There are a few things that were at the top of my head this morning, all of which I’ll incorporate into this single essay.
- Voter registration problems in California. There is more in the press today about what appears to be a high rejection rate with new registration requests (or re-registration requests) under California’s new statewide voter registration system. A story in the San Francisco Chronicle claimed: “More than 25 percent of the new registration forms sent to the state since Jan. 1 have been returned to the counties, most because they lack the driver’s license, state identification or Social Security numbers now required by federal law.” The story then notes that the rejection rate has been about 30% in San Mateo County, and is at 43% in Los Angeles County. This raises three concerns:
- What is going to happen when we get closer to the June primary and there are tens of thousands of new requests in the larger counties every day? Will election officials have the ability to process all of the rejections?
- Will there be large number of voters who think they have been registered in states like California that require exact matches, but who then show up on election day to find they are not registered at all?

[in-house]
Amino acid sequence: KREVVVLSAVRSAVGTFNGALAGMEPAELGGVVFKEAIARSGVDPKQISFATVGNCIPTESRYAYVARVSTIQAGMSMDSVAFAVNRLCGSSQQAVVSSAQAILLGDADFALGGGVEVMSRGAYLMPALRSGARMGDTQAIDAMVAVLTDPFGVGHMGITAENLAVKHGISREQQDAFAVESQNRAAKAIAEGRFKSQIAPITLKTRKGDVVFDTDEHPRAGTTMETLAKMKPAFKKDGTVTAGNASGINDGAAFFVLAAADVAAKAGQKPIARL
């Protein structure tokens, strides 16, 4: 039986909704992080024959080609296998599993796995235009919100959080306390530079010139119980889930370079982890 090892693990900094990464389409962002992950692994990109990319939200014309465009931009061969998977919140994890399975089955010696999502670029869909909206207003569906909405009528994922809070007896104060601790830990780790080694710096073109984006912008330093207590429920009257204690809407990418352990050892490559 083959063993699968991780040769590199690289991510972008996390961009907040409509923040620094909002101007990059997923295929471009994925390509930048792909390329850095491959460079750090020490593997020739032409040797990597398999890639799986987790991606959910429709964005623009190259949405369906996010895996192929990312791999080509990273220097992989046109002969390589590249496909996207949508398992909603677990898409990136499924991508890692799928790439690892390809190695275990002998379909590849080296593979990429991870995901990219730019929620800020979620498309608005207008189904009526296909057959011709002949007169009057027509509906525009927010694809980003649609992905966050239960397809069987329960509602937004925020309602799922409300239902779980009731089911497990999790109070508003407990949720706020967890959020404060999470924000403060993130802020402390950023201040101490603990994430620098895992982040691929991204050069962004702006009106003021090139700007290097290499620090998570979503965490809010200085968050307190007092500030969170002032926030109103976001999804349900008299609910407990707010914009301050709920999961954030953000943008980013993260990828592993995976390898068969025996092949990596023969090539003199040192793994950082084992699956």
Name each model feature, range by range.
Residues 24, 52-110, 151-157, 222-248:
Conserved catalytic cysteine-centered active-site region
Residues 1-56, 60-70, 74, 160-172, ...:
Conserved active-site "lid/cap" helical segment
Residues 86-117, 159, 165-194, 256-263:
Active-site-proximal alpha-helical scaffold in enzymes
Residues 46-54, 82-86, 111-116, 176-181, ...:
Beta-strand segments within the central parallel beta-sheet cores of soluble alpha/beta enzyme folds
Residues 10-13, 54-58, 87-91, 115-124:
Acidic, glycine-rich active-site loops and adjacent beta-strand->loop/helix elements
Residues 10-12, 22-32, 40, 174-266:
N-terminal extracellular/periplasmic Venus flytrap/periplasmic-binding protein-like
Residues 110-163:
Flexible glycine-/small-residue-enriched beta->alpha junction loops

- What is happening in other states that require exact matching, as well as states that do not require exact matching, and why don’t we have federal standards for voter registration systems?
- More on the humidity, op-scan, and the SAT’s woes. Many high school students will be taking the SAT this weekend, and there are still questions about why there were so many tests that were incorrectly scored recently (now reportedly 5,000) — and whether those problems have been fixed. In this morning’s Los Angeles Times there is a report that the contractor who scores the test is convinced the problem before relates to humidity, and they will undertake steps to fix the problem:
Officials of the College Board, which owns the SAT, and its test-scanning contractor, Pearson Educational Management, blamed the incorrect grading largely on answer sheets that passed through scanning machines while still moist from humid weather.
The dampness, officials said, slightly stretched the answer sheets. That, combined with answer “bubbles” that were lightly filled in, caused Pearson’s scanners to miss some correct answers, officials said.
One of the main changes for this Saturday’s SAT: Answer sheets will sit at least eight hours — to dry out, if necessary — before being scanned at Pearson’s facility in Austin, Texas. The tests also will be re-scanned 24 hours later.
Other fixes could come after a consulting firm hired by the College Board, Booz Allen Hamilton, concludes its 90-day review of the handling of the SAT answer sheets.
But MIT VTP colleague Ted Selker is also quoted in this same story: “Although many testing experts say Pearson’s humidity explanation is plausible, some suspect that human error played a role. Ted Selker, an MIT computer scientist who has studied optical scanning, said it “is obvious” that a scanning system operator missed the problem.” Ted’s right.